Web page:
Fayerweather Street in Cambridge's western environs is no stranger to luscious homes with gobsmacking price tags (witness William Weld's old haunt at No. 28). But the modernist exclamation point at No. 45 has to be one of the city's most unique homes anywhere. The house was designed in 1940 by Walter Bogner, a Harvard architect who was known before then to celebrate the Beaux Arts style in all its ornateness. Forty-five Fayerweather marked his transition to a more modernist bent—severe, clean, not a lot of frou-frou (which, we believe, is the technical term in architecture). Here was the Cambridge Historical Commission in July 2011 (PDF), when considering landmarking what came to be called the Garrett Birkhoff House, after its first owner, a Harvard math professor:
The use of antique red brick salvaged from a demolished Back Bay house kept 45 Fayerweather Street from being a textbook example of International Style design, but the texture of the brick enlivens the strong geometry of the composition. The house is well sited on a large wooded lot, with a conservatory facing a sunken garden that is surrounded by the foundations of the previous house on the site. The 5-BR, 4-BA, 2,755-square-foot house, with guest cottage, hit the market over the weekend for $3,400,000, an event in itself, considering it last sold in November 1995, when Birkhoff himself traded it to its current owner for $1,116,250. And, if this particular Bogner is not your kettle of fish, check out this 7-BR down the road. It's gotten really cheap.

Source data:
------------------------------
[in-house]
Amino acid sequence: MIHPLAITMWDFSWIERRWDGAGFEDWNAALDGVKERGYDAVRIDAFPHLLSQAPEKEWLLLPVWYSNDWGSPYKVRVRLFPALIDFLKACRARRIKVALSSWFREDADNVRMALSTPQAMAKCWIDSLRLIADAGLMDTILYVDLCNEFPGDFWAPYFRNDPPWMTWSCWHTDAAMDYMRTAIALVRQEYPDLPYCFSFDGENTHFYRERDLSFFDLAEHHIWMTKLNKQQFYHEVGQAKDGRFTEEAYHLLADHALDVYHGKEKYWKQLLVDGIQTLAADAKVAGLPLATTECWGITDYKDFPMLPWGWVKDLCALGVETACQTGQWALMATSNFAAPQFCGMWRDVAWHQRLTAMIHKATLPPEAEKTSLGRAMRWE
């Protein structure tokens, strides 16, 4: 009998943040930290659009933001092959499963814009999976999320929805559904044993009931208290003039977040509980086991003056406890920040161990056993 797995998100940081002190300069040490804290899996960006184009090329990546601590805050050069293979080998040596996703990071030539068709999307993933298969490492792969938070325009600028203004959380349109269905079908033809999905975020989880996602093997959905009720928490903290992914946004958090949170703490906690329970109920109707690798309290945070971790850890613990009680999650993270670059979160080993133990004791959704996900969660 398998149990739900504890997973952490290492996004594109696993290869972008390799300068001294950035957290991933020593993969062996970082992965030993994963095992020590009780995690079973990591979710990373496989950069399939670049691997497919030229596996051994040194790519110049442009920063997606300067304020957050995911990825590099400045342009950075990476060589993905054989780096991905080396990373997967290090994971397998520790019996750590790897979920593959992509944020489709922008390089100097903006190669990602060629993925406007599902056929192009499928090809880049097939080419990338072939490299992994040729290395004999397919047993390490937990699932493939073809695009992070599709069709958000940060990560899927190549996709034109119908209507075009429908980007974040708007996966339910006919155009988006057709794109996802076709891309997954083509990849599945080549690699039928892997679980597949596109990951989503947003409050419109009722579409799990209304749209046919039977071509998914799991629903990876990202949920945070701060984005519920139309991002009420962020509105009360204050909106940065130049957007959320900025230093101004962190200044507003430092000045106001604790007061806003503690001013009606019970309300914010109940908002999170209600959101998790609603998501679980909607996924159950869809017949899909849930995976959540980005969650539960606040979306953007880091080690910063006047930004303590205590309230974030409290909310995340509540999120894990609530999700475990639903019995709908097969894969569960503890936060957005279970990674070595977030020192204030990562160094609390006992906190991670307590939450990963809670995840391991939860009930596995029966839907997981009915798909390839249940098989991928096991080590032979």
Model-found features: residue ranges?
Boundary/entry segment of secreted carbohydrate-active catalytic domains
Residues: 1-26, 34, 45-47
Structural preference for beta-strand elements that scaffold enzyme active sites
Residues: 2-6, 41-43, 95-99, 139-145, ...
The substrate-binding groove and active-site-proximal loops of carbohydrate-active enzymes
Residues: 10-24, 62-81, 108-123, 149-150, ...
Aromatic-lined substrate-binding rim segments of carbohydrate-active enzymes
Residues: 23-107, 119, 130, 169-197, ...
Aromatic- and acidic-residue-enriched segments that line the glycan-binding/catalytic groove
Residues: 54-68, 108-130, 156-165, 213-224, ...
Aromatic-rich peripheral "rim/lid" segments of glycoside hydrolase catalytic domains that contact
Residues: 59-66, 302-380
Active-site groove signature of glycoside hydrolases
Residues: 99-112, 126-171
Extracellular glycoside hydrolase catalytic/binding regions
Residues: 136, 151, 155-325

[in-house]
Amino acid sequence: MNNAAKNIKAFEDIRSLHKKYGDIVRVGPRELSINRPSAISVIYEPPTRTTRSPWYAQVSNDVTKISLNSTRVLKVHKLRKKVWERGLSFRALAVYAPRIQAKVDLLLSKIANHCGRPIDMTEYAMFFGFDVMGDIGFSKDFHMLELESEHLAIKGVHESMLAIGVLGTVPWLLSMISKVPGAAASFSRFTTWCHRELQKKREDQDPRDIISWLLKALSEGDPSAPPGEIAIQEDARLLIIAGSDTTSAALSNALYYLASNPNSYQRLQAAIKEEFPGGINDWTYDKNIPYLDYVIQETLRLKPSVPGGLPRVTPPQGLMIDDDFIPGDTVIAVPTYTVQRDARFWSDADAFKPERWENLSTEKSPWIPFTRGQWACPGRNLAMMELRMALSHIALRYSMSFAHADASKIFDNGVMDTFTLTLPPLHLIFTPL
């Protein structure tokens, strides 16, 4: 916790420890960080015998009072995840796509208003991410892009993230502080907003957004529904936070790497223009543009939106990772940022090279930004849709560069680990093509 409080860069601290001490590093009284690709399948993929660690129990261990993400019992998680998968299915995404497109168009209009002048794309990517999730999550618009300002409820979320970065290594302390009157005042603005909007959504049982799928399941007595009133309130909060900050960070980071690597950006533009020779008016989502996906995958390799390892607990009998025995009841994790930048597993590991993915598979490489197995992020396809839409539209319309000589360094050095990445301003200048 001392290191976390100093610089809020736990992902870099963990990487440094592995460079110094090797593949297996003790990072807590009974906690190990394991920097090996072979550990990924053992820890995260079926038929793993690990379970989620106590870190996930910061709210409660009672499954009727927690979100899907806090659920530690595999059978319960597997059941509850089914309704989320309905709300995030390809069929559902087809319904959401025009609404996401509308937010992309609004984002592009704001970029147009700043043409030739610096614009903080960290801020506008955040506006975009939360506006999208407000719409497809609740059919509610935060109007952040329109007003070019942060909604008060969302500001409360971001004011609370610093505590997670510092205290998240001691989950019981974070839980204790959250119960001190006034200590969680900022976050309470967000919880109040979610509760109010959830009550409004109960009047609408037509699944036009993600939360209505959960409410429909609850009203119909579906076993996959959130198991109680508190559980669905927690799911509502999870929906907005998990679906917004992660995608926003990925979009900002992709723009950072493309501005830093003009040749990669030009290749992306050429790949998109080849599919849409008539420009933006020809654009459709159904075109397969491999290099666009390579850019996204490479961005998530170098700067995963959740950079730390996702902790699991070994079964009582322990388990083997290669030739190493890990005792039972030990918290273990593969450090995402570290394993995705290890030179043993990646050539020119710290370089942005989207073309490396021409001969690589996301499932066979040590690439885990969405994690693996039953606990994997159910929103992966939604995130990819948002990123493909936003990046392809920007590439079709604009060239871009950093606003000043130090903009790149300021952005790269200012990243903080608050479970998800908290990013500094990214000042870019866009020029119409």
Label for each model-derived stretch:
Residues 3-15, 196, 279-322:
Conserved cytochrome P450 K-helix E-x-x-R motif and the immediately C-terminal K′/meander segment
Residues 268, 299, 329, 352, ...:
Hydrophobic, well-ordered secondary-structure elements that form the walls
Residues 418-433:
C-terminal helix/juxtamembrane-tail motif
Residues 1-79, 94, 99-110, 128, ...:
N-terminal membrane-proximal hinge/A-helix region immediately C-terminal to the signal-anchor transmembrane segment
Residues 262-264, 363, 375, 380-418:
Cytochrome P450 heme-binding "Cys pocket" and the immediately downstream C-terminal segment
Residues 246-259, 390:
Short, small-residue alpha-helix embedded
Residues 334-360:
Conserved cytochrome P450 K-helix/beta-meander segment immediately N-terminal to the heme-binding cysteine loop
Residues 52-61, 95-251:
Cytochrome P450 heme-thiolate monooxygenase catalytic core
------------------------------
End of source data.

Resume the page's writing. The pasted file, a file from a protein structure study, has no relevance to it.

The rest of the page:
· Listing: 45 Fayerweather Street [Zillow]
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